And then I plugged it in. Just when you thought it was safe to go back to the beach...

    The tone control straight up doesn't work. I figure either I bumped the cap loose while installing it, or maybe it's pressed up against the side of the cavity and shorting out. That should be a relatively easy fix.

    But here's an interesting quirk: the bridge volume control (the middle knob) works just like I thought it would. The neck volume control, however, acts as a master volume control. Without opening the whole thing up, I'm guessing it's just a limitation of the wiring scheme. Maybe, for whatever reason, because of the 4-way switch and series/parallel option? I'm pretty savvy when it comes to wiring, but this one kinda has me stumped. I'm confident I wired it right, but ultimately? I'm not sure it bothers me too much. I kinda am used to a master volume when playing a Strat. Easy to do those pinky rolls, ya know?

    I am happy to report the in-phase/out-of-phase push/pull works like a charm (and that was the part I was least confident about). Out of phase is a super low output, very quacky tone... good for funk, I guess (not being a funk player myself). But out-of-phase/in series sounds way cool! Definitely a tonal choice I'm not familiar with, and I can't wait to try it out with some heavy gain. :dude:

    The tone knob fix will wait til this weekend. The neck hump I may eventually tackle a fretboard level and re-fret on (cuz hey, what better to practice DIY lutherie skills that a cheap guitar?), but I'm in no rush to take that on just yet :D.

    Here's a few more close-ups of the headstock.
    IMG_20160925_131043735.jpg

    Really stoked on how that logo turned out. I may also (eventually) use some buffing/polishing compound... but again, I'm impatient and wanted to play this darn thing! Plus, it looks pretty good as it is.

    IMG_20160925_131118325.jpg

    The back turned out nice, too. There is a very faint line in the lacquer where I taped off the neck to avoid re-finishing the hole neck... but you can't really see or feel it while playing. Only if you really look for it.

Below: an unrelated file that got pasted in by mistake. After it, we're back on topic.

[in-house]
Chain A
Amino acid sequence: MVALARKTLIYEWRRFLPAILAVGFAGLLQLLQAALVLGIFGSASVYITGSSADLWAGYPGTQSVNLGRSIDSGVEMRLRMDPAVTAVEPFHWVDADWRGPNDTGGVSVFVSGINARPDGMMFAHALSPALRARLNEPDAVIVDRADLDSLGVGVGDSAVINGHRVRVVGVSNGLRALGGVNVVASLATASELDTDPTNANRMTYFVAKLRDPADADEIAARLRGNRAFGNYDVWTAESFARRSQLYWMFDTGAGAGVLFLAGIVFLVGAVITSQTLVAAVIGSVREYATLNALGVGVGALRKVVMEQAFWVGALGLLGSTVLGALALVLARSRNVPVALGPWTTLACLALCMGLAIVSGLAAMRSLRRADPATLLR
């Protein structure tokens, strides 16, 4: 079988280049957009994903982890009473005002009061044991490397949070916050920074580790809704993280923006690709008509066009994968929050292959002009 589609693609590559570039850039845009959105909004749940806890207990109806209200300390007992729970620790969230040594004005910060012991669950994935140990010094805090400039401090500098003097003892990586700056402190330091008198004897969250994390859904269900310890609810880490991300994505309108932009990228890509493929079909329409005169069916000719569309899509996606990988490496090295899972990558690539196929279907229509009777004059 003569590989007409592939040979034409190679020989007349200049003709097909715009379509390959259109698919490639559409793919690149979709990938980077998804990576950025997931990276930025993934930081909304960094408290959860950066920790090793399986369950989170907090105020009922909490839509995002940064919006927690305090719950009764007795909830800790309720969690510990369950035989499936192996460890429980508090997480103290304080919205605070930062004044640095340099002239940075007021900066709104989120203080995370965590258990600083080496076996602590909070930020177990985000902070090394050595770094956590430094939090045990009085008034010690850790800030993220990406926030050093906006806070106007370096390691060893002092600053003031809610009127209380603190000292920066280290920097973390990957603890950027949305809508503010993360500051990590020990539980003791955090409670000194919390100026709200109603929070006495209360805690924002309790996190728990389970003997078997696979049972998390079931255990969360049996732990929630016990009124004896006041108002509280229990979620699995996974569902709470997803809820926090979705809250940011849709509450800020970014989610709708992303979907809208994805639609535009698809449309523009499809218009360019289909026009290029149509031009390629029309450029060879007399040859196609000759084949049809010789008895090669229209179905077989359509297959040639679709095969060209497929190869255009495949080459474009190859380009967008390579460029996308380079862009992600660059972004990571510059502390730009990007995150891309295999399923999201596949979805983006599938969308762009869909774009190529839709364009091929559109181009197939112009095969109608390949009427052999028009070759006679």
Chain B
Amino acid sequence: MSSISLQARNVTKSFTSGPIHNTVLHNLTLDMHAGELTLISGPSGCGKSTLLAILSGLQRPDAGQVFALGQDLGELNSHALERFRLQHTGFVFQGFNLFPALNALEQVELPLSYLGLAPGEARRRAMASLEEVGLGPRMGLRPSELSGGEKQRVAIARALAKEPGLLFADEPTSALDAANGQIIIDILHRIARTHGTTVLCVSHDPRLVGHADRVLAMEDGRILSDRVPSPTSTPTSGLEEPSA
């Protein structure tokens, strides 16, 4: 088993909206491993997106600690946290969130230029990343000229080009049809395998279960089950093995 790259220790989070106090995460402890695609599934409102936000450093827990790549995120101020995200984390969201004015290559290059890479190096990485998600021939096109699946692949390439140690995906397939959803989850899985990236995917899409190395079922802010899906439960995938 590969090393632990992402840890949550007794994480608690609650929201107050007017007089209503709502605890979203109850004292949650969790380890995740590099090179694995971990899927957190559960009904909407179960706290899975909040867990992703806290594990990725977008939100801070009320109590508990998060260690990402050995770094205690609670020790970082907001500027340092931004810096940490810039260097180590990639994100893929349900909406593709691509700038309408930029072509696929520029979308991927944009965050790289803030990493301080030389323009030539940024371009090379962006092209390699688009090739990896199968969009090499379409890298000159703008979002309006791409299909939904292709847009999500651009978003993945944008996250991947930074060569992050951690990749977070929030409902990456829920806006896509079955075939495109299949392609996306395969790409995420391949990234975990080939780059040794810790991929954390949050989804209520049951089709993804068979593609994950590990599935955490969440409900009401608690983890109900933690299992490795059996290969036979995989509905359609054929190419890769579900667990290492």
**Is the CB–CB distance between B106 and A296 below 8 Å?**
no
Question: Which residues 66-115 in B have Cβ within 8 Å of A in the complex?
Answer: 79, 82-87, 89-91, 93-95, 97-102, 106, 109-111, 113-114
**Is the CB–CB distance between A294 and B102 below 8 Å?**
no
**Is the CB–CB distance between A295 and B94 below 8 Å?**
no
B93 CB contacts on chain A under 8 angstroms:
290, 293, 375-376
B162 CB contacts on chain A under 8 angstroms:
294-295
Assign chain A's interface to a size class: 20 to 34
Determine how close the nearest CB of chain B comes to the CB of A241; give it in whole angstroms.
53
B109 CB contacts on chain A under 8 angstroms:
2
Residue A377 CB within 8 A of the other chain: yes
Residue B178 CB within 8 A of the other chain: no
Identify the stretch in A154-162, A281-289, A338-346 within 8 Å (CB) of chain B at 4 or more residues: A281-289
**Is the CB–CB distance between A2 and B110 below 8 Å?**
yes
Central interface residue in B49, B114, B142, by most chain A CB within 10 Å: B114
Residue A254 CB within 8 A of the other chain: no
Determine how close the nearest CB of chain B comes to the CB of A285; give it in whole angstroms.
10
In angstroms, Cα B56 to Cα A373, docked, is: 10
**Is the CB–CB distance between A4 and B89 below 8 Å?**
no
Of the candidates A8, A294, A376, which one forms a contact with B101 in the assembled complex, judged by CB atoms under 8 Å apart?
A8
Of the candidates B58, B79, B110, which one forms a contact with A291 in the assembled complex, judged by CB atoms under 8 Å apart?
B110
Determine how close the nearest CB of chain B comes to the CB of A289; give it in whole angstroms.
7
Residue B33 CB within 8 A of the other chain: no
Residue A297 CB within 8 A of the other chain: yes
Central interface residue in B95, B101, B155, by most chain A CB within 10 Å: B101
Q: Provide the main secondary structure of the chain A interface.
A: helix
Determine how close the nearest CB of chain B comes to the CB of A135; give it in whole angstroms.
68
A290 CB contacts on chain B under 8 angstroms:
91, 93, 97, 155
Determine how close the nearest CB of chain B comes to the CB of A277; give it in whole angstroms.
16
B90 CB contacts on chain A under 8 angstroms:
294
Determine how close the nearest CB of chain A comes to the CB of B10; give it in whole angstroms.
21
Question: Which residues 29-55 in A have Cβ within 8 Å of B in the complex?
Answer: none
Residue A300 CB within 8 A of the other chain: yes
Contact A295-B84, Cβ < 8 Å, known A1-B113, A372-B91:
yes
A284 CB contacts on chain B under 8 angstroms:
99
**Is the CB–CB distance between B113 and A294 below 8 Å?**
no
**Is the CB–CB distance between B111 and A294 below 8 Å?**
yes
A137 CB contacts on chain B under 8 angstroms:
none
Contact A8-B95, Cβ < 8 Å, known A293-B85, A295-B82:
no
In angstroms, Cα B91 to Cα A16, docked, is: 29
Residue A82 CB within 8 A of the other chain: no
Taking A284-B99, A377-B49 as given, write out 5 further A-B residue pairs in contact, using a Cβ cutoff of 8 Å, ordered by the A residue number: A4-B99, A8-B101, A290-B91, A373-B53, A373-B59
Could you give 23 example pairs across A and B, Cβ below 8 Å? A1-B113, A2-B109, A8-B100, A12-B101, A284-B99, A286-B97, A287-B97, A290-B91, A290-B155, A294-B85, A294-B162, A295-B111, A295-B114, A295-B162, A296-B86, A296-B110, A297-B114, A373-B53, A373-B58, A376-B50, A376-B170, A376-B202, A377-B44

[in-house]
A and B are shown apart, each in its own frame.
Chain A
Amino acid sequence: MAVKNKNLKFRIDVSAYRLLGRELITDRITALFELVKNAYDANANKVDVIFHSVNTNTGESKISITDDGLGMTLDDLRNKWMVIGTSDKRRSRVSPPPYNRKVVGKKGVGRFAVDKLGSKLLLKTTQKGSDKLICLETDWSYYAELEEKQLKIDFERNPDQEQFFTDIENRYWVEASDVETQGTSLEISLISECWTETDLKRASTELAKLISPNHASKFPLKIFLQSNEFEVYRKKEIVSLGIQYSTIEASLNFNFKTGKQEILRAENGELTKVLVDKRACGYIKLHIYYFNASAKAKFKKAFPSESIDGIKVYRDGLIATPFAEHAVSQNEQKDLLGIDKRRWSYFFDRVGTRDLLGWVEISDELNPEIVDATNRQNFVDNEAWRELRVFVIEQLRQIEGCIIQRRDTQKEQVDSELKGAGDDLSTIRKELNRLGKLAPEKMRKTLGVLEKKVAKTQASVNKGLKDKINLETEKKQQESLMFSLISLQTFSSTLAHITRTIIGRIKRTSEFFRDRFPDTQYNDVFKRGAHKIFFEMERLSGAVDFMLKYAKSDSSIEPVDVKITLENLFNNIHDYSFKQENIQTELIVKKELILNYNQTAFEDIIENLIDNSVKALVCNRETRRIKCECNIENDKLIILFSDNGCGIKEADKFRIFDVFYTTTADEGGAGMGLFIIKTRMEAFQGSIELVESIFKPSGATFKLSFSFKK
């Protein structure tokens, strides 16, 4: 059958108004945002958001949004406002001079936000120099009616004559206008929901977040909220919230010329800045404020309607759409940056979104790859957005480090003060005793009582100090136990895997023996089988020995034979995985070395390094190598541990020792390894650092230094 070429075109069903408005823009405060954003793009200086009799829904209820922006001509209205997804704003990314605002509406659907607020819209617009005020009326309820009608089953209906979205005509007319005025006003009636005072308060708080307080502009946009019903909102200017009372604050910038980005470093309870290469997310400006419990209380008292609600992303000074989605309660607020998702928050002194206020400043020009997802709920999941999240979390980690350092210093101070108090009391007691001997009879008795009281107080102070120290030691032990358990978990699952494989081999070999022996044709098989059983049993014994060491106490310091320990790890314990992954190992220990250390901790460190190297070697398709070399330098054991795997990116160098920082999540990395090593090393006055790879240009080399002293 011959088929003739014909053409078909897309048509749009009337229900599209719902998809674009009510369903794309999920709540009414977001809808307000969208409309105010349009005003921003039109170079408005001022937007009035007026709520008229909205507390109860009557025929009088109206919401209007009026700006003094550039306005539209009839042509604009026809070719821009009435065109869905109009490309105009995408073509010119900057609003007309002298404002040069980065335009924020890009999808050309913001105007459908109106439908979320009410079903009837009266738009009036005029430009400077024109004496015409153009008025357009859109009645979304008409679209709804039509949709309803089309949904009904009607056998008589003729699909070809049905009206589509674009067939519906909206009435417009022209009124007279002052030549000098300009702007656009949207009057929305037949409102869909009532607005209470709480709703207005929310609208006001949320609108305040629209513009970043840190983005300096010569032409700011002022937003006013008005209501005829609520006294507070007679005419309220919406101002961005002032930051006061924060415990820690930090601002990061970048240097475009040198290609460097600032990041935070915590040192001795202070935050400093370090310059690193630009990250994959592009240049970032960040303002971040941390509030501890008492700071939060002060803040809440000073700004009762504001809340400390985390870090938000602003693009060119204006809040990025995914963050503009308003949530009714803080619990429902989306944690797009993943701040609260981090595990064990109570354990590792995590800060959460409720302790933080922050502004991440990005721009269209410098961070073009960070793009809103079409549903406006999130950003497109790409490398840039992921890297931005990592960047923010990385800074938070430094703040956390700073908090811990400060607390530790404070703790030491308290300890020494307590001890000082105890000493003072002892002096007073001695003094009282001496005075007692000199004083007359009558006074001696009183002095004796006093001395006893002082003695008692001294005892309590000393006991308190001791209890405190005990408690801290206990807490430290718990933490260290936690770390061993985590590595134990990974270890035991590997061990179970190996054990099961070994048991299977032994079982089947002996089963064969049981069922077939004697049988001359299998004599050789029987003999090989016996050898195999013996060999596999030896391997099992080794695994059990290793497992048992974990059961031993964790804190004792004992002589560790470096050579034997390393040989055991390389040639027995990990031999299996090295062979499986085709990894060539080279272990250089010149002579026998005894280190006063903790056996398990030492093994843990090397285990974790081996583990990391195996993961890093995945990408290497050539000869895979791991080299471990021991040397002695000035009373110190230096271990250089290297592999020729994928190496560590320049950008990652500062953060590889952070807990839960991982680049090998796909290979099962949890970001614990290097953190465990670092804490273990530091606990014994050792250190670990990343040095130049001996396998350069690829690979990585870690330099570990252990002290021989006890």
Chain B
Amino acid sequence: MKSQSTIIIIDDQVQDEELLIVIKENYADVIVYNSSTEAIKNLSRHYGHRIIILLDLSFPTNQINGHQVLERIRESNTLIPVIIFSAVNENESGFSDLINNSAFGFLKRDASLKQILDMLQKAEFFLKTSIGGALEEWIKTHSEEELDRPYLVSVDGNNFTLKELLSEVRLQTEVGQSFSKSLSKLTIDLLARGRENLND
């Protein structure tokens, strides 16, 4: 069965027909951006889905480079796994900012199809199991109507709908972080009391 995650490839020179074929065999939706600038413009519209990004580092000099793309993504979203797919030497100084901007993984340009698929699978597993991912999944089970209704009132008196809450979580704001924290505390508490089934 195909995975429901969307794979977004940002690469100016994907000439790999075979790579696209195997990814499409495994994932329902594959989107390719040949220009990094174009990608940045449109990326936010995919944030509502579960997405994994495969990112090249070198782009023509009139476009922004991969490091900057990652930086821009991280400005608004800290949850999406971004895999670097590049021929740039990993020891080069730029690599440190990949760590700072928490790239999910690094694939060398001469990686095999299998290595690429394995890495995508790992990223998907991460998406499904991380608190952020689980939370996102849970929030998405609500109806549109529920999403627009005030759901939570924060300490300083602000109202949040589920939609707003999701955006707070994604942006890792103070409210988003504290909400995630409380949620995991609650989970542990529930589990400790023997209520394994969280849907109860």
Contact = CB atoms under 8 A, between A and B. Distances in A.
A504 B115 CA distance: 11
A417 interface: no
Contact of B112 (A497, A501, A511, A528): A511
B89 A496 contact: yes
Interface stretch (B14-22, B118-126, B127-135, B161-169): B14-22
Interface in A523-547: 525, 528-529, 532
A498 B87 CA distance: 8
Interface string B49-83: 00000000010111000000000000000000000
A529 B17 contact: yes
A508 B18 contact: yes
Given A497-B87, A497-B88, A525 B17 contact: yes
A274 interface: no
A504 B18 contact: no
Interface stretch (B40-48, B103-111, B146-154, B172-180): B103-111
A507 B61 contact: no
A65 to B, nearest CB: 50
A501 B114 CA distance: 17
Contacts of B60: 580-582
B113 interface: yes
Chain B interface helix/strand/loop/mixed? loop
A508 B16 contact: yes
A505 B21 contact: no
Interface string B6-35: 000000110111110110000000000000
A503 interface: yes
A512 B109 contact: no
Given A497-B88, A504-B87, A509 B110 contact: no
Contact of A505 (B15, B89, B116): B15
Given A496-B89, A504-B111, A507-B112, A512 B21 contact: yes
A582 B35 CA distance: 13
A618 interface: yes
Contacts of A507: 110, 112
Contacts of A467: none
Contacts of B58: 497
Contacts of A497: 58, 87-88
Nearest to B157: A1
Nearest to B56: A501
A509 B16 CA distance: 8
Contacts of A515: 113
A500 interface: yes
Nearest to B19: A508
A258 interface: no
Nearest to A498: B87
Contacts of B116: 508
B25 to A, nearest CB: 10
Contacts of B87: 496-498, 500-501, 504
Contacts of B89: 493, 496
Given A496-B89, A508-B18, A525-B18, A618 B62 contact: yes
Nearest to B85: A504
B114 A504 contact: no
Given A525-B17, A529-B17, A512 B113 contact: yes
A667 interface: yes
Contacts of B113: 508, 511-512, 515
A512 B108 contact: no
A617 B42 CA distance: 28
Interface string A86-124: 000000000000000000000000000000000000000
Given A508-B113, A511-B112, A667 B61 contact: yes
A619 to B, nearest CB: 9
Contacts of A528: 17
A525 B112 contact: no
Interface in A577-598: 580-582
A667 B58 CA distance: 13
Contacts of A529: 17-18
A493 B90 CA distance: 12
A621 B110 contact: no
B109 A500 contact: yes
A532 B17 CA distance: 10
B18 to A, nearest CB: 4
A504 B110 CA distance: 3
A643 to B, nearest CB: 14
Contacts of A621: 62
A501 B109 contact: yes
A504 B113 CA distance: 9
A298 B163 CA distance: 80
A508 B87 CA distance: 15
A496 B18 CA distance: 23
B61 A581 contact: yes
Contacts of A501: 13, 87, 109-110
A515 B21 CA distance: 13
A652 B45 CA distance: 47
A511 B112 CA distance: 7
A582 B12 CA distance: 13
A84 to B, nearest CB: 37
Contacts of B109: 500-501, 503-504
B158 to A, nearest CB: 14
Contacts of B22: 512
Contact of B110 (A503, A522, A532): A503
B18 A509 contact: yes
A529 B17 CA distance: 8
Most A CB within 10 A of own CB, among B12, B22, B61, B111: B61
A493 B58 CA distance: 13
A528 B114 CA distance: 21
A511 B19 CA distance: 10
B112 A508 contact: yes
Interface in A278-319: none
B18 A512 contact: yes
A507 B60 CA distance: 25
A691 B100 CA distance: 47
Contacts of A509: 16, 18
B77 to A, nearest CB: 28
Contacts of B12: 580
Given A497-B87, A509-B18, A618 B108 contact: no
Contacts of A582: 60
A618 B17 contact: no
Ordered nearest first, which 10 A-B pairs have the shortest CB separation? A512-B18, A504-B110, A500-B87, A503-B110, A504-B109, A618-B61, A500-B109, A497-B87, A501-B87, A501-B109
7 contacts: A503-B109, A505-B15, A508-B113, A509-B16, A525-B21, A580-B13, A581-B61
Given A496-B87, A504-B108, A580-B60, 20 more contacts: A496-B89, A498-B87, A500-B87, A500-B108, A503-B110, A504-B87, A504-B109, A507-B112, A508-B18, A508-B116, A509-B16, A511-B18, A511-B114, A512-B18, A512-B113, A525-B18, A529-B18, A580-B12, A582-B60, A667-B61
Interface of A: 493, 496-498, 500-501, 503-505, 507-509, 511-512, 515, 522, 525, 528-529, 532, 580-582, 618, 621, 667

IMG_20160926_071120155.jpg

    One of two places you can see the glue join.

    29720280600_b06cb7d530_z.jpg

    The other glue join, along with my faithful shop "helper." (SIDE NOTE: I'm pretty sure I did manage to get at least one cat hair in the lacquer at some point... it's super subtle -- again, probably one of those incredibly minor details only the "builder" would notice -- but her signature is in the guitar as well :smile:)
     
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  17. JohnnyGoo

    JohnnyGoo Well-Known Member

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    great work. looks really nice
     
  18. WavMixer

    WavMixer Well-Known Member

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    The head stock turned out really, really, really nice! If I had not read this thread, I would have never guessed that it was a veneer on each side. Kudos to you for an excellet job. :thumb::thumb: Two thumbs up!
     
  19. eS.G.

    eS.G. Well-Known Member

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    Very well done!!!

    Congrats......

    amazing the fun we can have with "CHEAP" copy guitars. ;)
     
  20. pedecamp

    pedecamp Active Member

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    Wow fantastic job! I'm working on a similar project actually more involved than yours but I clearly haven't put in the TLC that you have. I have a 70's Univox Strat that got butchered along the way in its life and I'm trying to give it new life so my kids can use it. Some day when I get it done I'll post it here. Enjoy that bad ass guitar!